Where Yelp! needs help

A little while ago, Greg introduced me to Yelp!, a ‘hip’ social online review site. Greg is a frequent poster, and though I signed up, I still haven’t actually added anything to the service. I’ve tried to use it a lot as a tool to find new interesting places to eat but I’ve never really taken it too seriously. The problem is – I don’t trust it. I don’t think my tastes are that sophisticated, but somehow I rarely agree with the reviewers. There is a general happy feeling about the site and that is only amplified by the lack of negative criticism. It seems that every review is attached to a four or five star rating. I’m not that picky, but I really don’t think most of the restaurants I go to deserve more than 3 stars. Are all these ratings somewhat inflated?

The first issue is that it seems that a lot of the users only tend to write about ‘fabulous’ experiences. Why would I spend the 5 minutes it takes to write a review if I didn’t really like the place or its mediocre. Also, the lack of anonymity, I think, frightens a lot of users from bashing a place that someone else gave 5 stars. Many people don’t want to disagree with people they don’t even know, or hurt anyones feelings. Sorry, but thats just stupid. If you’re really trying to build a good and trustable database of rated businesses, there needs to be real criticism. You needn’t be a professional critic to think critically about what you do and do not like about a place. I think one way this can be improved with Yelp! is prompting users when writing reviews for ratings on specific aspects of a particular service. For restaurants it would include ratings for service, atmosphere, etc. CitySearch already does something like this. I think getting users to think about the different aspects of a meal would get more critical and more trustworthy reviews.

Another way Yelp! could improve is by implementing a more sophisticated way to review reviews. They have a system in place already but basically its only for giving props and not for disagreeing. This could be used to give weight to certain reviews and less weight to others. A really advanced version of this would be if you could map your tastes against other users, creating trusted groups, etc. For example if I noticed that JayDEE4444 seemed to agree with me on most of my reviews, his reviews would be weighted higher against others in the global ratings that I would see.

Look, don’t get me wrong. I really like Yelp!, Im just giving my opinion on what would make it a lot better, and change it from something I use casually, to a service I trust, and use constantly. It has tons of potential – a youthful user base, a nice interface, and a certain factor of the elusive ‘coolness’. If anyone is listening out there in Yelp! land, don’t be afraid to criticize. I would love to see Yelp! get to a point where users could shift menu’s and get owners off their asses.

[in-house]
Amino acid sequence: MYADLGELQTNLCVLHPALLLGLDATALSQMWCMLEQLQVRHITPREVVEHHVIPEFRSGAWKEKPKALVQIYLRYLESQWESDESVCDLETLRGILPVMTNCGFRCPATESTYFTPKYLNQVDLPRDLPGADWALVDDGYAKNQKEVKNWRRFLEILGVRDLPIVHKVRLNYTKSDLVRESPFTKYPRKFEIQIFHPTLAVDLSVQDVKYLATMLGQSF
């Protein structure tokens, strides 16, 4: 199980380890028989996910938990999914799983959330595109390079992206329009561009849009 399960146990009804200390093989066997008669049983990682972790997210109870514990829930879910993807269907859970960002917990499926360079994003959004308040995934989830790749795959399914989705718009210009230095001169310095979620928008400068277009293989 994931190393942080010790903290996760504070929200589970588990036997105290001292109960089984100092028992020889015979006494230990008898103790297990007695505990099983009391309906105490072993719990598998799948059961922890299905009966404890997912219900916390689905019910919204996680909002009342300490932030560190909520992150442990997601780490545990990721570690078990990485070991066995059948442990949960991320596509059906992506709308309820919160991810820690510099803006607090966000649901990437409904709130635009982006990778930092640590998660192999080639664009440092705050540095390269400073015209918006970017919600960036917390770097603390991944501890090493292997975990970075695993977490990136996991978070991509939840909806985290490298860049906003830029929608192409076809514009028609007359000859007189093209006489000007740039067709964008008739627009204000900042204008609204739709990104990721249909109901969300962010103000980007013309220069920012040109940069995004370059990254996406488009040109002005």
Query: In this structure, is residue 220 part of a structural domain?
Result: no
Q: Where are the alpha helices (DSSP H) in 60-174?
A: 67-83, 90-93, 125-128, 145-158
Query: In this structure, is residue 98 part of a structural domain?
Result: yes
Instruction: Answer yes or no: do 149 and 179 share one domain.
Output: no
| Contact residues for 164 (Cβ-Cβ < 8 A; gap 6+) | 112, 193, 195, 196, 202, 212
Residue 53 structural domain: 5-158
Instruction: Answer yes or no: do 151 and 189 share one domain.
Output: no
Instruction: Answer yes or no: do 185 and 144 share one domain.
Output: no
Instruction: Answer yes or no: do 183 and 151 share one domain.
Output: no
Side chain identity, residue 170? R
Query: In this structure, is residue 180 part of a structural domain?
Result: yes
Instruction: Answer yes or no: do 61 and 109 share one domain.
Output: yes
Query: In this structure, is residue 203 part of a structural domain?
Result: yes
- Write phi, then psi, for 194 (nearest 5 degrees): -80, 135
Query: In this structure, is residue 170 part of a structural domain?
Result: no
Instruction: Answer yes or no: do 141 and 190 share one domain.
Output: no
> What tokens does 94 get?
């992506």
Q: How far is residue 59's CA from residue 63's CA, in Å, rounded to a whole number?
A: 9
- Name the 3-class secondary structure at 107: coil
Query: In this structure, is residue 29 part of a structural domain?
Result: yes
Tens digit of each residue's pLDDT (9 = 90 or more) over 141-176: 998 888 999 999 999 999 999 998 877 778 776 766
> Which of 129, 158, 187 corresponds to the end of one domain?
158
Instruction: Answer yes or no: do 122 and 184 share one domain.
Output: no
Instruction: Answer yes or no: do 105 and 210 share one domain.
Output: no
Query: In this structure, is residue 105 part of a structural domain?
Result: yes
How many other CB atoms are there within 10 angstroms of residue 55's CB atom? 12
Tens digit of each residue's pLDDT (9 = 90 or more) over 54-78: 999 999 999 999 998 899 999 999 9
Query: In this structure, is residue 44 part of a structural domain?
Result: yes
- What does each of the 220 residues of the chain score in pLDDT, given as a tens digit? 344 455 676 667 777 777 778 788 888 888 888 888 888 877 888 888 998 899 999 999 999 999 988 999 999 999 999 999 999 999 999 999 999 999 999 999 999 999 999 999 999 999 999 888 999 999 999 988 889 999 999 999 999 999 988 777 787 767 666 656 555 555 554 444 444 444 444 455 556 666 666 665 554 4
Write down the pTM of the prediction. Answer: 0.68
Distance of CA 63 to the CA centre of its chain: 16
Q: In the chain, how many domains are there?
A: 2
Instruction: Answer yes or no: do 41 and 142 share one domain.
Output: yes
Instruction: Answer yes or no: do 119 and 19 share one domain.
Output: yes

I’m planning on going on a big Yelp! rampage going through all of my local places and being as honest as possible. Keep an eye on my Yelp! feed

One Response to “Where Yelp! needs help”

evbart Says: #

Great post again! I agree on almost all points. Yelp on the whole is a great concept, as I am always looking for a new way to discover new places. The problem is execution. I feel the mapping component is not all that up to par, and I don’t know how much I value information from people I don’t trust!

Heres a post about how rss feeds really need a system that places more weight on recommendations by people that the user already trusts. In the end its the same concept here for Yelp. I need to be able to give preferences to the people that a trust, and the group at large needs to be able to pick out the reviewers that are trustyworthy considering your existing tastes.

The other issue that’s inherant with Yelp, or any other service that requires “rantings”, is that each person uses the rating system a different way. In a great article here Christopher Allen discusses the ins and outs of 5 star rating systems. Other sites like netflix suffer from the same problems.

Anyway, hope discussions like this help come up with better ways to solve these problems. The web2.0 push behind social technologies is great, but not if it just helps push a wider variety of junk information in your direction.


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